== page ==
Pensions and Social Security in the Mortgage Process

With our aging population, more and more borrowers are in their later years and have sources of income that are, at least in part, passive. This means they have an income stream coming in without actively working for it. Two sources of passive income are Social Security benefits and pension income.

The important question regarding the mortgage process is how this income can be used to qualify for a home loan.

The first thing a lender like me will want to know is how long you expect the income stream to last. Both Social Security and pensions will most likely continue through your lifetime and potentially through that of your spouse, but this must be confirmed.

The second important thing to note is how the income will be entered on a mortgage application. Pension income will be entered as if it were earned at a job. On the other hand, Social Security income has no taxation, so it is referred to as “grossed up.”

This means that the amount you receive will be artificially inflated to a more realistic number. For example, if you are receiving $1,500 per month in Social Security benefits, the lender will take that amount and multiply it by 1.25.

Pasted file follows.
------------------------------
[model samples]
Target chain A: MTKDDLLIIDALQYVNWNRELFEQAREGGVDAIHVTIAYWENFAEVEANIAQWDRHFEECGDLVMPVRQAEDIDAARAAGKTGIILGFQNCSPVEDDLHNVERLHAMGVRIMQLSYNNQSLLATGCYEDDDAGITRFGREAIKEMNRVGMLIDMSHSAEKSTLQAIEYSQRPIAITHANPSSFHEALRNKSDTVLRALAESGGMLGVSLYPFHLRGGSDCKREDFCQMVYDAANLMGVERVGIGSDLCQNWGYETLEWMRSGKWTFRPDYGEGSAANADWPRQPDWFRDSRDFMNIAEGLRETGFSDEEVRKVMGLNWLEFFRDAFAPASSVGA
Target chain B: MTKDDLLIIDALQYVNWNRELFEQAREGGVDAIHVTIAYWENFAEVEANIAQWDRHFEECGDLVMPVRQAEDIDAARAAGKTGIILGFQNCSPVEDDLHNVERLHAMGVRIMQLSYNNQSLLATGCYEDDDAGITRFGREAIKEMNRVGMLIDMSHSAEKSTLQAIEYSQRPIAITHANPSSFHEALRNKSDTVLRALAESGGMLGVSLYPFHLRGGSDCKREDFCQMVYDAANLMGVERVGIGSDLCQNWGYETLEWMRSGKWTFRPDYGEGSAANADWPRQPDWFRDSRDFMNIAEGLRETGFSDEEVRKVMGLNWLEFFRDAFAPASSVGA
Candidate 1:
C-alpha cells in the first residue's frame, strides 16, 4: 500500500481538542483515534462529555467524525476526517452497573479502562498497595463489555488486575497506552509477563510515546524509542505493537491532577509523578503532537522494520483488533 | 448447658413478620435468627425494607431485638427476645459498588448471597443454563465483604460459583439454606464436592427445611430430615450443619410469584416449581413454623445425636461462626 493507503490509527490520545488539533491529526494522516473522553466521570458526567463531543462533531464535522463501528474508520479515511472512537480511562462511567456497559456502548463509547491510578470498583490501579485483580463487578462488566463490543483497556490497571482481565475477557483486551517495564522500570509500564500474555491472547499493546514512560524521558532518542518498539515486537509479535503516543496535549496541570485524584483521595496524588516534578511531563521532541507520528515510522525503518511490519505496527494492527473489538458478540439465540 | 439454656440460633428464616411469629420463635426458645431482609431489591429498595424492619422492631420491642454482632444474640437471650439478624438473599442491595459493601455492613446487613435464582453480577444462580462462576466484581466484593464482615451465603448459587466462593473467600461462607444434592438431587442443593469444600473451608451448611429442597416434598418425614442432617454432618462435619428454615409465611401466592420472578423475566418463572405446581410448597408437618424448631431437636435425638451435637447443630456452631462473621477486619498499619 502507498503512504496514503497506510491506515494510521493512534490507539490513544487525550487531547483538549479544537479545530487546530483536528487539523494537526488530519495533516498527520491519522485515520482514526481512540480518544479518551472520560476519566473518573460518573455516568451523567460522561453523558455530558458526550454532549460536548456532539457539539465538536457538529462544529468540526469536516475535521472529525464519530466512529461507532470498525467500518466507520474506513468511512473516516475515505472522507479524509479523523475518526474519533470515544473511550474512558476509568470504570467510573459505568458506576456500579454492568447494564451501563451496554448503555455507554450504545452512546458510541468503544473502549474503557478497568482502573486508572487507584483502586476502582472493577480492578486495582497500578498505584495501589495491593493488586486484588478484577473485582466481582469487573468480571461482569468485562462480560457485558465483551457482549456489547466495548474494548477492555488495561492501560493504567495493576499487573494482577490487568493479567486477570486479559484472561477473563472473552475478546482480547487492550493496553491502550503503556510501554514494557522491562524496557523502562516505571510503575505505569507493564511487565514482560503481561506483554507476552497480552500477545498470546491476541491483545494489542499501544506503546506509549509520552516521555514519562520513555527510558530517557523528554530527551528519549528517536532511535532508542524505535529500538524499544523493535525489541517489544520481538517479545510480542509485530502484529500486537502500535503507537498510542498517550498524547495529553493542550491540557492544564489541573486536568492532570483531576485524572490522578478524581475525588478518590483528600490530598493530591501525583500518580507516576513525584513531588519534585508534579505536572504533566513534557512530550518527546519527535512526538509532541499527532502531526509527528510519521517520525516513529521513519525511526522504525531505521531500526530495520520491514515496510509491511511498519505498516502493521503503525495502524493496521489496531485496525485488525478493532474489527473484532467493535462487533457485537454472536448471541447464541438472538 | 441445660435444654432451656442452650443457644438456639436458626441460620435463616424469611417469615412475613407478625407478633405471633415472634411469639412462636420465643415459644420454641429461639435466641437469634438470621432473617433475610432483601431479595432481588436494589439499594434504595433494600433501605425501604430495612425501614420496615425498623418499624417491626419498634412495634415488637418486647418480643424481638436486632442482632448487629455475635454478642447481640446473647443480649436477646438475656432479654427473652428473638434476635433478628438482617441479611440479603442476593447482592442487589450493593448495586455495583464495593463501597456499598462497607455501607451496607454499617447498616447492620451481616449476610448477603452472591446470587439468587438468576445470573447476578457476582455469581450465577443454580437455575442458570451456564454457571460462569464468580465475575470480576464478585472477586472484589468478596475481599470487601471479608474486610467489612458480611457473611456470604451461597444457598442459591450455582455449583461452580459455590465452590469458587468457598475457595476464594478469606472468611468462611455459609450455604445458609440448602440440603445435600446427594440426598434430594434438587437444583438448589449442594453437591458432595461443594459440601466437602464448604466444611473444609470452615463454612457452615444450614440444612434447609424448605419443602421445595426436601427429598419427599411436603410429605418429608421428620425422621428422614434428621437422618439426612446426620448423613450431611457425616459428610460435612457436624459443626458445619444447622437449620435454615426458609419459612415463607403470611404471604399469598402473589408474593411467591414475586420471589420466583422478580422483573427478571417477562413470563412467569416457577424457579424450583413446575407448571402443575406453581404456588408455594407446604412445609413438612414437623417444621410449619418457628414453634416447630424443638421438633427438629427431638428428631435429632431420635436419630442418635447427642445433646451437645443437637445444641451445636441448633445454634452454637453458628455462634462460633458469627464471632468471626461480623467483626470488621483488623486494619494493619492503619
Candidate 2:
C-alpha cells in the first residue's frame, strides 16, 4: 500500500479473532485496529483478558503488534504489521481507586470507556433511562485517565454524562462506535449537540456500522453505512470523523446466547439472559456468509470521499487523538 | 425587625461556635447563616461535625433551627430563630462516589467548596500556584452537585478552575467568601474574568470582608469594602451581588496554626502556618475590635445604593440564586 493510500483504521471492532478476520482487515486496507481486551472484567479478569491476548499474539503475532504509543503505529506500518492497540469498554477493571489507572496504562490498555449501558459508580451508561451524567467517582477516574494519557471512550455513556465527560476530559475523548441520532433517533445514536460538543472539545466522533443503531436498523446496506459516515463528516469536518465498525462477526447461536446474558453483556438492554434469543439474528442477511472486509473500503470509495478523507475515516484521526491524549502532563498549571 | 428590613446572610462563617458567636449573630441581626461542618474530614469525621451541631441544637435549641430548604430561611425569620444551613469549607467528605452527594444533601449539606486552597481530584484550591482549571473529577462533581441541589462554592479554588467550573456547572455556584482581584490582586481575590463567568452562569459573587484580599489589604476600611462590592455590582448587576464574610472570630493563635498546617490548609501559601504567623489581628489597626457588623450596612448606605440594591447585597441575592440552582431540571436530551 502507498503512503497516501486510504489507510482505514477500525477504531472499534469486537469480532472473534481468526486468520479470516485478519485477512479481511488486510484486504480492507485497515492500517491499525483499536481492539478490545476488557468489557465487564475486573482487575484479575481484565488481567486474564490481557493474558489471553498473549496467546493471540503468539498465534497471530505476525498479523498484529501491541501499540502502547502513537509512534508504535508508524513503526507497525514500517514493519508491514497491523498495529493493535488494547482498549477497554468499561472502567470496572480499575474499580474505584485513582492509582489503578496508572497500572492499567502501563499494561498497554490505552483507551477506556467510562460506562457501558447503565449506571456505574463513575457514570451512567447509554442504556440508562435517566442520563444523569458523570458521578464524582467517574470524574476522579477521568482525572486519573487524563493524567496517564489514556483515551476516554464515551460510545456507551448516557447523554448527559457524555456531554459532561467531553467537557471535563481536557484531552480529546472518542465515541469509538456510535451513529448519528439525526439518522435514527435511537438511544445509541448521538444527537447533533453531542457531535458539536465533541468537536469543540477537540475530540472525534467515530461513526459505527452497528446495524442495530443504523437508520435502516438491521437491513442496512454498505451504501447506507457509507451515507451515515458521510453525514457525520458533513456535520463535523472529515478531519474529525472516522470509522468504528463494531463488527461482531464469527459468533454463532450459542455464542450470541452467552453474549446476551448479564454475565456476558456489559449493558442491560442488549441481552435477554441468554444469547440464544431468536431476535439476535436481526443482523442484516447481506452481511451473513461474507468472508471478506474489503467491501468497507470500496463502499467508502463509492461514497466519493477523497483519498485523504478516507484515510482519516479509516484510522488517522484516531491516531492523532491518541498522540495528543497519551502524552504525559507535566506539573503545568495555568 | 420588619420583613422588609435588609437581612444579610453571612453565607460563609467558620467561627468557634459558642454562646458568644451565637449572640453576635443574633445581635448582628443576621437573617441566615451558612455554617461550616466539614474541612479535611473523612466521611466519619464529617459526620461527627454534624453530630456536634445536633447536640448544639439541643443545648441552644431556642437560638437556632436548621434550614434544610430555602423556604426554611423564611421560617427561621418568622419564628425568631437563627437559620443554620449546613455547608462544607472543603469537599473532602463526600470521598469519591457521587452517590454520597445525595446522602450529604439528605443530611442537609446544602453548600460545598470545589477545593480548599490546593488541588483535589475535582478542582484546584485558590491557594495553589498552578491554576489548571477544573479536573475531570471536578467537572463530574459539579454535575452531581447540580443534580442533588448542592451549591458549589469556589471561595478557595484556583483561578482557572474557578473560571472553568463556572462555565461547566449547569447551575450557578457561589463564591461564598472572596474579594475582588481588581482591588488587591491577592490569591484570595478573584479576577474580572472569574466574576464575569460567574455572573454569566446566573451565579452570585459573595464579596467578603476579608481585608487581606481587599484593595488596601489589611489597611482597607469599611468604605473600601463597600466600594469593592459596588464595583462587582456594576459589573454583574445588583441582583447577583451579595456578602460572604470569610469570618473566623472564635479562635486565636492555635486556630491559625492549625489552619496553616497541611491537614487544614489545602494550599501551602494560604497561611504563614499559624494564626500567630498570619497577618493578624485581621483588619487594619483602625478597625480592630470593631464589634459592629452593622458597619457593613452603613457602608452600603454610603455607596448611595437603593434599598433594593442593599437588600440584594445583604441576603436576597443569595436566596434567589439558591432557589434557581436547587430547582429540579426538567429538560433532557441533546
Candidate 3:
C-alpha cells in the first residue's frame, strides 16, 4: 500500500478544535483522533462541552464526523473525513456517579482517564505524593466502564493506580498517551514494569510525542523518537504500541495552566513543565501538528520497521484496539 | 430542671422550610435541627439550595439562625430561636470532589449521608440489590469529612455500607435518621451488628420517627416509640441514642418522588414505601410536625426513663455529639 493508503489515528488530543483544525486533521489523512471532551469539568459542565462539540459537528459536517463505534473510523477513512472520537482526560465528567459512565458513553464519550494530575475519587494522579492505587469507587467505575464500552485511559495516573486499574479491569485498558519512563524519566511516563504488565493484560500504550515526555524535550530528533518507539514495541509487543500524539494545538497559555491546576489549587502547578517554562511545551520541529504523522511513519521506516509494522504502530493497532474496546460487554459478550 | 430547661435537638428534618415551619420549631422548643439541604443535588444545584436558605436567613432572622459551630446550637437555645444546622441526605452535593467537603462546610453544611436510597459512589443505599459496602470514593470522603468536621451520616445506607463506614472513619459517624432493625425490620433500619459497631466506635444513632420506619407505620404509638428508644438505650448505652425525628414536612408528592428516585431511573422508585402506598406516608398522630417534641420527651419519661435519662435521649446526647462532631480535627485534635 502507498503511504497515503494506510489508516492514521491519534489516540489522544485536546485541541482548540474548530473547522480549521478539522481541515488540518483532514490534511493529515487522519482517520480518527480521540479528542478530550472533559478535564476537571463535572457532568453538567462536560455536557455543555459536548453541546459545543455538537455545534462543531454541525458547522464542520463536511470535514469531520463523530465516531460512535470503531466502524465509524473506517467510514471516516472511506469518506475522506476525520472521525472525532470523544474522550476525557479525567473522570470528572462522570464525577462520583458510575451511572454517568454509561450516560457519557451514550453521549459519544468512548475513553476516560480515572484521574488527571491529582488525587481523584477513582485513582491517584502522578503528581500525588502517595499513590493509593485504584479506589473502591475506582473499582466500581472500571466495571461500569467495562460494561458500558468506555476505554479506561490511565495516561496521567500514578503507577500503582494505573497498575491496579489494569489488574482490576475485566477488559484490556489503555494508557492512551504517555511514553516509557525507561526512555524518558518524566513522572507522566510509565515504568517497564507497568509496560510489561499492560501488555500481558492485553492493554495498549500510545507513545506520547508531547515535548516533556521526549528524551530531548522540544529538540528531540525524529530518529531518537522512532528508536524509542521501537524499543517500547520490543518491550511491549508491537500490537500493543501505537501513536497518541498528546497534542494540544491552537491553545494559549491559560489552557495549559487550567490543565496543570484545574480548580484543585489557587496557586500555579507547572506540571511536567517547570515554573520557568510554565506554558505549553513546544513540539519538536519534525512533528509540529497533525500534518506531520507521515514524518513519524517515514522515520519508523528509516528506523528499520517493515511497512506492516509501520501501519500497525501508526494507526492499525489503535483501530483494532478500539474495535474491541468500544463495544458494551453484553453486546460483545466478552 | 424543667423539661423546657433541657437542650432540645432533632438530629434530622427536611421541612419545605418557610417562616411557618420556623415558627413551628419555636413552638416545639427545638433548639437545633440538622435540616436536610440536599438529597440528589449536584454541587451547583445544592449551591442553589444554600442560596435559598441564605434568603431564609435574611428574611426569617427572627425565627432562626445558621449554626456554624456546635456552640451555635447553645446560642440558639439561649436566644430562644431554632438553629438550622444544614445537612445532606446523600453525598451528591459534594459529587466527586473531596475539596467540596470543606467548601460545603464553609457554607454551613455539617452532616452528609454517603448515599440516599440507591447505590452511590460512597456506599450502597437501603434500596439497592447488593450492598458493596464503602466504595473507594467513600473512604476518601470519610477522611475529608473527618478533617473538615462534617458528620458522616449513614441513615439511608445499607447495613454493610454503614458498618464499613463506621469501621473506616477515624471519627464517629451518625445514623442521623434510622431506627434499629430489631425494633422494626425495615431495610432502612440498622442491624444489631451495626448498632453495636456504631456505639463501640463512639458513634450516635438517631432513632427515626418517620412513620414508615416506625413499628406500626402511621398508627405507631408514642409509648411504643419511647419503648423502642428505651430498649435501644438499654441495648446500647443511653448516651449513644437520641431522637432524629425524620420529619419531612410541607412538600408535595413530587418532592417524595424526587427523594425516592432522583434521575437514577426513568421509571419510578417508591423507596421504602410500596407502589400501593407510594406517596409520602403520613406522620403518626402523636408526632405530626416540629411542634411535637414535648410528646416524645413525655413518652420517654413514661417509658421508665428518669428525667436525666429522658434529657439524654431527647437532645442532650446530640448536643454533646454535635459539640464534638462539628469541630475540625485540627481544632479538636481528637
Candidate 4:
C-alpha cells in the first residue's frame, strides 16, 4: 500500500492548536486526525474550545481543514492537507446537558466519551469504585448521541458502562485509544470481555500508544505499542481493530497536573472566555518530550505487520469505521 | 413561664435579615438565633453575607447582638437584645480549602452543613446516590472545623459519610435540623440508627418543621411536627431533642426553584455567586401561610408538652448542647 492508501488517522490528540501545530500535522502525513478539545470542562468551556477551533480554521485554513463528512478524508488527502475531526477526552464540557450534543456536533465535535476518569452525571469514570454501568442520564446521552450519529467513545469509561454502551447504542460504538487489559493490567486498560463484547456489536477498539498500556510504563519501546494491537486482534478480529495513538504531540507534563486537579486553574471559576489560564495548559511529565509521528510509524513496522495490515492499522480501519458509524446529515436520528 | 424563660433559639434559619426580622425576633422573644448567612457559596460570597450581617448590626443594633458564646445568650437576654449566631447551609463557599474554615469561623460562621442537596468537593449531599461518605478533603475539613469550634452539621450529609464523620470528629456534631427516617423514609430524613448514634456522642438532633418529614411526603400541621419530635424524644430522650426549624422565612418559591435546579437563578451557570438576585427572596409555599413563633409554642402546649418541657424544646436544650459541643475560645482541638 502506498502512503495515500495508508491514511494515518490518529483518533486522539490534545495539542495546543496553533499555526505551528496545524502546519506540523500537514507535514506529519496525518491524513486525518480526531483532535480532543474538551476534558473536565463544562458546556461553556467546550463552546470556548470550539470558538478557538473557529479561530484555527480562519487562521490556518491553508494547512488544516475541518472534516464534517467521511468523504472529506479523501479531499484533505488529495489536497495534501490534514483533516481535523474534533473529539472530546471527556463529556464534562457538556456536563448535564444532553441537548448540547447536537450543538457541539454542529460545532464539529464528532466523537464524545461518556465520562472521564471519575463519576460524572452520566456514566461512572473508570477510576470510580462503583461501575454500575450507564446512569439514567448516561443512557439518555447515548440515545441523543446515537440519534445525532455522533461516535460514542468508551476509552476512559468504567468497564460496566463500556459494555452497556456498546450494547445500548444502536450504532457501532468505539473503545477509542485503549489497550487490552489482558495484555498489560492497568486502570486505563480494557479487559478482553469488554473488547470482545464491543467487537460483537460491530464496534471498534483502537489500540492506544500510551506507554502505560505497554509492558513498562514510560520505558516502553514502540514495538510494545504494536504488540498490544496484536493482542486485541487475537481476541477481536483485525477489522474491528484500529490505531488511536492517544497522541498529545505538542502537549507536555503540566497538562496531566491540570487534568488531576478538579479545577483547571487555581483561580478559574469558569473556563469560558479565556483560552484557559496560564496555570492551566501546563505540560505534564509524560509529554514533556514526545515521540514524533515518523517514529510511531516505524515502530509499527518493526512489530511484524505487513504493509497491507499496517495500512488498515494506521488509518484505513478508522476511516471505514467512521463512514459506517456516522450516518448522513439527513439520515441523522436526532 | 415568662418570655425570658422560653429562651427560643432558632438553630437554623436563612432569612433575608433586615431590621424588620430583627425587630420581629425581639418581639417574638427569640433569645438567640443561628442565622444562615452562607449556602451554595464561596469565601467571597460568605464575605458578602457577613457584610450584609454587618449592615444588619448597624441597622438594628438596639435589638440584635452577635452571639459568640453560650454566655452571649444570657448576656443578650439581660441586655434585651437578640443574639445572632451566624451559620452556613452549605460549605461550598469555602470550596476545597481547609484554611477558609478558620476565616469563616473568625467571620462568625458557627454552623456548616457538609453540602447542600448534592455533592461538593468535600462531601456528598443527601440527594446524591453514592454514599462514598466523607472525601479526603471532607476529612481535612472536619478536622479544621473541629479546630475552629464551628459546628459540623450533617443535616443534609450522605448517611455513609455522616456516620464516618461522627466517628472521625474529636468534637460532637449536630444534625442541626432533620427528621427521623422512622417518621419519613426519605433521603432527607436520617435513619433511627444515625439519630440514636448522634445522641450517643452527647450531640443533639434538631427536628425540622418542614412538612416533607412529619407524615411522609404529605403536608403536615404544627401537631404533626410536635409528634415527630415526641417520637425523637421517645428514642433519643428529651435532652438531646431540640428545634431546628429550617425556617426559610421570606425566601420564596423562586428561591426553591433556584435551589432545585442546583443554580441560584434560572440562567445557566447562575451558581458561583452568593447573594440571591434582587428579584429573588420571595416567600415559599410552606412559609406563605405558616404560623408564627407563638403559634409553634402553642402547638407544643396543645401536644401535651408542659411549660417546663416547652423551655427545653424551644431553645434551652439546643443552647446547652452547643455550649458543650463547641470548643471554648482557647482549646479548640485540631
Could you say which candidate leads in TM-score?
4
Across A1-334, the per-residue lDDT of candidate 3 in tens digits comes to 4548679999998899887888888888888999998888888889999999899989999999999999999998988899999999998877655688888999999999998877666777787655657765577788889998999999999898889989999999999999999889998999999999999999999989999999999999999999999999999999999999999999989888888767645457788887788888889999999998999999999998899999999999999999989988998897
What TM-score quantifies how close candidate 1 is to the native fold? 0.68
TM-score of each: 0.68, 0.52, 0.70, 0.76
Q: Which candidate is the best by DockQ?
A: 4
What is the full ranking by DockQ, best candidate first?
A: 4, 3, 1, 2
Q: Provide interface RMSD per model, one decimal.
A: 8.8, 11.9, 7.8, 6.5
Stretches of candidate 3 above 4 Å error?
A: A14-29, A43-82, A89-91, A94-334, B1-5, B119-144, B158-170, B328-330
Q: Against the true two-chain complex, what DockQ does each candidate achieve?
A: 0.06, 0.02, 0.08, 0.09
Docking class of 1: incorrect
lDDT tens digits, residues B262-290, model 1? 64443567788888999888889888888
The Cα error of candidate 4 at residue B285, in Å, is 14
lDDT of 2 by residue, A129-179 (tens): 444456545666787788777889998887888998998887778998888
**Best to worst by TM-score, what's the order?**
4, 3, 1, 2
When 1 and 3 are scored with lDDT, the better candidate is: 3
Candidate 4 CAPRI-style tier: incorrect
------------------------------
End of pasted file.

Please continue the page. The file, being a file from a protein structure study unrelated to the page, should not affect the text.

In our example, the $1,500, after being multiplied by 1.25, works out to $1,875. This is the amount that would be used on your mortgage application.

Other passive income to be considered includes dividend income or some type of regular income stream you receive from a retirement account and use to fund your household budget. The lender will review what this has looked like over the past two years to get an idea of what to expect in the future.

One source of income that would be ineligible for a mortgage application is an unemployment benefit, due to the fact that this will eventually run out.

Do you have additional questions? Please feel free to contact me with any questions you may have.

What Employment History Do I Need to Purchase a Home?

With the possible exceptions of recent college grads and those who have been out of the workforce for an extended period to raise a family, the expectation is that everyone who applies for home financing will have some type of work history.

The formal guidelines on employment history state that you should have at least two years of work history in order to purchase a home. However, these are just that: guidelines, not hard-and-fast rules.

What lenders are looking for is consistency and a job history that makes sense. What does this mean?